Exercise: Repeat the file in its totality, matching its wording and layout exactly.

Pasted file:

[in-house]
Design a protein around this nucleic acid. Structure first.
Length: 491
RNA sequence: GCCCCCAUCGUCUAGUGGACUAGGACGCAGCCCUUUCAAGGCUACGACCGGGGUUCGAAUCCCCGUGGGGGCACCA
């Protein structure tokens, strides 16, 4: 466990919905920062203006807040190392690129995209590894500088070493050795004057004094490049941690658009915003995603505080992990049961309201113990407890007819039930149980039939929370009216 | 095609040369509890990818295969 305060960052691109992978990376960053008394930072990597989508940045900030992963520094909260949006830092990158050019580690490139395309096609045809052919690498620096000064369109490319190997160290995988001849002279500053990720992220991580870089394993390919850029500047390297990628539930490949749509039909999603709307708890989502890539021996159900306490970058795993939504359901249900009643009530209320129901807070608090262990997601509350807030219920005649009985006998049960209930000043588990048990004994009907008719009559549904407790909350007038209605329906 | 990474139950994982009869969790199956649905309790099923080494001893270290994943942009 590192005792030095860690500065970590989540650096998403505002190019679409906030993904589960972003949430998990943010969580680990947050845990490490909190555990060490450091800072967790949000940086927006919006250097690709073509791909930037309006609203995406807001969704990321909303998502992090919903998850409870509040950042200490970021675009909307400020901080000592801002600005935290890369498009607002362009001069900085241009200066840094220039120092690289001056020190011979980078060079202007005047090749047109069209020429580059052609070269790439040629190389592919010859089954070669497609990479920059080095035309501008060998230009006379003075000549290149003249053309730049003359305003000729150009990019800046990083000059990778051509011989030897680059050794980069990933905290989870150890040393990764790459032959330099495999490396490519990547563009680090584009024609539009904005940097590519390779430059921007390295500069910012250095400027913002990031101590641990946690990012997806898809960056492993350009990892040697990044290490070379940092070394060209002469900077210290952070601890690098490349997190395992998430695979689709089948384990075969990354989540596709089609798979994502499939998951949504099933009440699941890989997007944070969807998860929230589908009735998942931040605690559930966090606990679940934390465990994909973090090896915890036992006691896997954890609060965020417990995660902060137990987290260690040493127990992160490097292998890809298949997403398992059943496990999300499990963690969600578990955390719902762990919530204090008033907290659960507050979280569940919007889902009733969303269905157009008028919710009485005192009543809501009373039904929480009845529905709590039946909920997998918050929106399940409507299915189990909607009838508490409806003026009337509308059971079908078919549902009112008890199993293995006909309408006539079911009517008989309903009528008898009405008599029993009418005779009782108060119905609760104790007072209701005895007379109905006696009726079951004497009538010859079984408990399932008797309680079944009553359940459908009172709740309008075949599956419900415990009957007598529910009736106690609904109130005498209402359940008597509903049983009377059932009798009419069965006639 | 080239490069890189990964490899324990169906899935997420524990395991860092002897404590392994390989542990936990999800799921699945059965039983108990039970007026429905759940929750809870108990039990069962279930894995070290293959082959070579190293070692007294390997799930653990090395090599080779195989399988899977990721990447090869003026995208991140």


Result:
[in-house]
Design a protein around this nucleic acid. Structure first.
Length: 491
RNA sequence: GCCCCCAUCGUCUAGUGGACUAGGACGCAGCCCUUUCAAGGCUACGACCGGGGUUCGAAUCCCCGUGGGGGCACCA
């Protein structure tokens, strides 16, 4: 466990919905920062203006807040190392690129995209590894500088070493050795004057004094490049941690658009915003995603505080992990049961309201113990407890007819039930149980039939929370009216 | 095609040369509890990818295969 305060960052691109992978990376960053008394930072990597989508940045900030992963520094909260949006830092990158050019580690490139395309096609045809052919690498620096000064369109490319190997160290995988001849002279500053990720992220991580870089394993390919850029500047390297990628539930490949749509039909999603709307708890989502890539021996159900306490970058795993939504359901249900009643009530209320129901807070608090262990997601509350807030219920005649009985006998049960209930000043588990048990004994009907008719009559549904407790909350007038209605329906 | 990474139950994982009869969790199956649905309790099923080494001893270290994943942009 590192005792030095860690500065970590989540650096998403505002190019679409906030993904589960972003949430998990943010969580680990947050845990490490909190555990060490450091800072967790949000940086927006919006250097690709073509791909930037309006609203995406807001969704990321909303998502992090919903998850409870509040950042200490970021675009909307400020901080000592801002600005935290890369498009607002362009001069900085241009200066840094220039120092690289001056020190011979980078060079202007005047090749047109069209020429580059052609070269790439040629190389592919010859089954070669497609990479920059080095035309501008060998230009006379003075000549290149003249053309730049003359305003000729150009990019800046990083000059990778051509011989030897680059050794980069990933905290989870150890040393990764790459032959330099495999490396490519990547563009680090584009024609539009904005940097590519390779430059921007390295500069910012250095400027913002990031101590641990946690990012997806898809960056492993350009990892040697990044290490070379940092070394060209002469900077210290952070601890690098490349997190395992998430695979689709089948384990075969990354989540596709089609798979994502499939998951949504099933009440699941890989997007944070969807998860929230589908009735998942931040605690559930966090606990679940934390465990994909973090090896915890036992006691896997954890609060965020417990995660902060137990987290260690040493127990992160490097292998890809298949997403398992059943496990999300499990963690969600578990955390719902762990919530204090008033907290659960507050979280569940919007889902009733969303269905157009008028919710009485005192009543809501009373039904929480009845529905709590039946909920997998918050929106399940409507299915189990909607009838508490409806003026009337509308059971079908078919549902009112008890199993293995006909309408006539079911009517008989309903009528008898009405008599029993009418005779009782108060119905609760104790007072209701005895007379109905006696009726079951004497009538010859079984408990399932008797309680079944009553359940459908009172709740309008075949599956419900415990009957007598529910009736106690609904109130005498209402359940008597509903049983009377059932009798009419069965006639 | 080239490069890189990964490899324990169906899935997420524990395991860092002897404590392994390989542990936990999800799921699945059965039983108990039970007026429905759940929750809870108990039990069962279930894995070290293959082959070579190293070692007294390997799930653990090395090599080779195989399988899977990721990447090869003026995208991140």